The words of a 7-year-old just might have been the final push needed to make a set of female scientist LEGOs a reality. In January, a letter to the company by a little girl named Charlotte Benjamin went viral, and now the company has released the kind of set that Charlotte might have been waiting for.
In the letter, Charlotte said she loves LEGOs but wants the company to rethink the way it portrays women. "All the girls did was sit at home, go to the beach, and shop, and they had no jobs," Charlotte wrote, "but the boys went on adventures, worked, saved people, and had jobs, even swam with sharks."
Little did Charlotte know that an idea was in the works that might be exactly the kind of toy she wants to play with. Ellen Kooijman's concept, now known as the "Research Institute" set, represents women minifigure LEGOs in their jobs as different types of scientists. Kooijman's idea was submitted in 2012 to LEGO Ideas, which allows fans to vote on each other's designs to earn company consideration. It depicted women in all types of careers, including judge, mail carrier and firefighter. Over time, she narrowed it down to three: paleontologist, chemist and astronomer.
"Although recently LEGO has started to design and add more female figures to their sets, they are still a minority," Kooijman wrote on the LEGO Ideas site. "I have designed some professional female minifigures that also show that girls can become anything they want, including a paleontologist or an astronomer."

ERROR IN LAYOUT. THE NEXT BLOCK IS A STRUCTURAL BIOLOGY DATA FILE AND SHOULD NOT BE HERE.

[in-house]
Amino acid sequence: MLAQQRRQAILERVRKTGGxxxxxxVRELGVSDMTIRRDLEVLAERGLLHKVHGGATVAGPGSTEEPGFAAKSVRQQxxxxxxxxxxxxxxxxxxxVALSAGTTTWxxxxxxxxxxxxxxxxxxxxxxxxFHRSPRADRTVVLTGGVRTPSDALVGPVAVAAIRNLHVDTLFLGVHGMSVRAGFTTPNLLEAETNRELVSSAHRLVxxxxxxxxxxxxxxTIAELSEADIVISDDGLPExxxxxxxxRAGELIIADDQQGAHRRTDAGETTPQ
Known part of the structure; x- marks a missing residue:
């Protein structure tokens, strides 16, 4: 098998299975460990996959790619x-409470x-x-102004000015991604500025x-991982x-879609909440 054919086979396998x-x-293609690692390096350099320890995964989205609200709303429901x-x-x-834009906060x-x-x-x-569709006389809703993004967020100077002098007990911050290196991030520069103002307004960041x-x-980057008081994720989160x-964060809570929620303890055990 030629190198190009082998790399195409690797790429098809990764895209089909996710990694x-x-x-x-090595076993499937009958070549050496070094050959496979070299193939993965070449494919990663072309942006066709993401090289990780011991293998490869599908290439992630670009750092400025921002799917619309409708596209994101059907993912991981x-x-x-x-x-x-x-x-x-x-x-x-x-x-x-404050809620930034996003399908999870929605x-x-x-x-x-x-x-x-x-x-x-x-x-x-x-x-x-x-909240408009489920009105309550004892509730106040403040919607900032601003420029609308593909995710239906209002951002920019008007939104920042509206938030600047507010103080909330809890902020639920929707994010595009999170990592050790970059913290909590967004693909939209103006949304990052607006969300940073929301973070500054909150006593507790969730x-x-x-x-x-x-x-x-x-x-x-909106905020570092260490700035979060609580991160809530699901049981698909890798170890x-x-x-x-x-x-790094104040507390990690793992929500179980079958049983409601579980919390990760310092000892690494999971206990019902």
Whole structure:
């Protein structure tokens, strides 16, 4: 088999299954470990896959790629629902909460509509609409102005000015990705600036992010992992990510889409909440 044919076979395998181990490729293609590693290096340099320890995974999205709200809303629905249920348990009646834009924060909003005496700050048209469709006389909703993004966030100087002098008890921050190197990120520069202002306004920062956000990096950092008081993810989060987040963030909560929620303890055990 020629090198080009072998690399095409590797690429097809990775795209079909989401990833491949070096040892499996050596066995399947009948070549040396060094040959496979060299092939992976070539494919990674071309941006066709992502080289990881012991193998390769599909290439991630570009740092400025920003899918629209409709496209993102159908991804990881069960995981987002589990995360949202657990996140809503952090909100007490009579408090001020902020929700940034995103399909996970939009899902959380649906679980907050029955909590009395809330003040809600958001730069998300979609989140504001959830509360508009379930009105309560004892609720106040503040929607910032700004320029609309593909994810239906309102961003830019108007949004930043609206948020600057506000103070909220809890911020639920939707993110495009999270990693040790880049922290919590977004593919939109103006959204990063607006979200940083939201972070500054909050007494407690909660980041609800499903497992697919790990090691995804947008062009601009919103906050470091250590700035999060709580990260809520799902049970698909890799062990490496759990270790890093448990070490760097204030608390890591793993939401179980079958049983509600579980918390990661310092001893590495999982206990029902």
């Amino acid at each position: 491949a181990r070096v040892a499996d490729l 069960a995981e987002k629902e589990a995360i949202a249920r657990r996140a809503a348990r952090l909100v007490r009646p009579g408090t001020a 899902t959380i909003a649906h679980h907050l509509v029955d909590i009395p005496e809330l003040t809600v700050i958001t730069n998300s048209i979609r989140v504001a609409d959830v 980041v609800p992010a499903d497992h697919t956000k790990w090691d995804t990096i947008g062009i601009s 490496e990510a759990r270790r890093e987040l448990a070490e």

The company's girl-centric decisions have been the source of debate for years. Support and dissent run the gamut from those who criticize the toy-makers for being too boy-centric to those who wonder why the company can't create toys not designed for any specific gender. The company's 2012 Friends line was met with mixed reviews. Sales surpassed even the company's expectations, but critics were concerned that the toys perpetuated gender stereotypes. Most recently, a female minifigure called "Scientist" was considered by many to be a step in the right direction.
Kooijman's project reached 10,000 supporters in June 2013 and was put up for official review, but the company had not made a decision as of January 2014. That's where Charlotte's letter comes in. Her request was shared so many times that the company responded. Around the same time, they updated Kooijman's project, saying they were still evaluating whether it would become a reality.
The set was approved in June and is now available for $20, but those who have been waiting for years for these types of LEGOs may have to wait just a little longer: They're sold out.
LEGO releases new all-female character line of scientists
FAMILY & PARENTING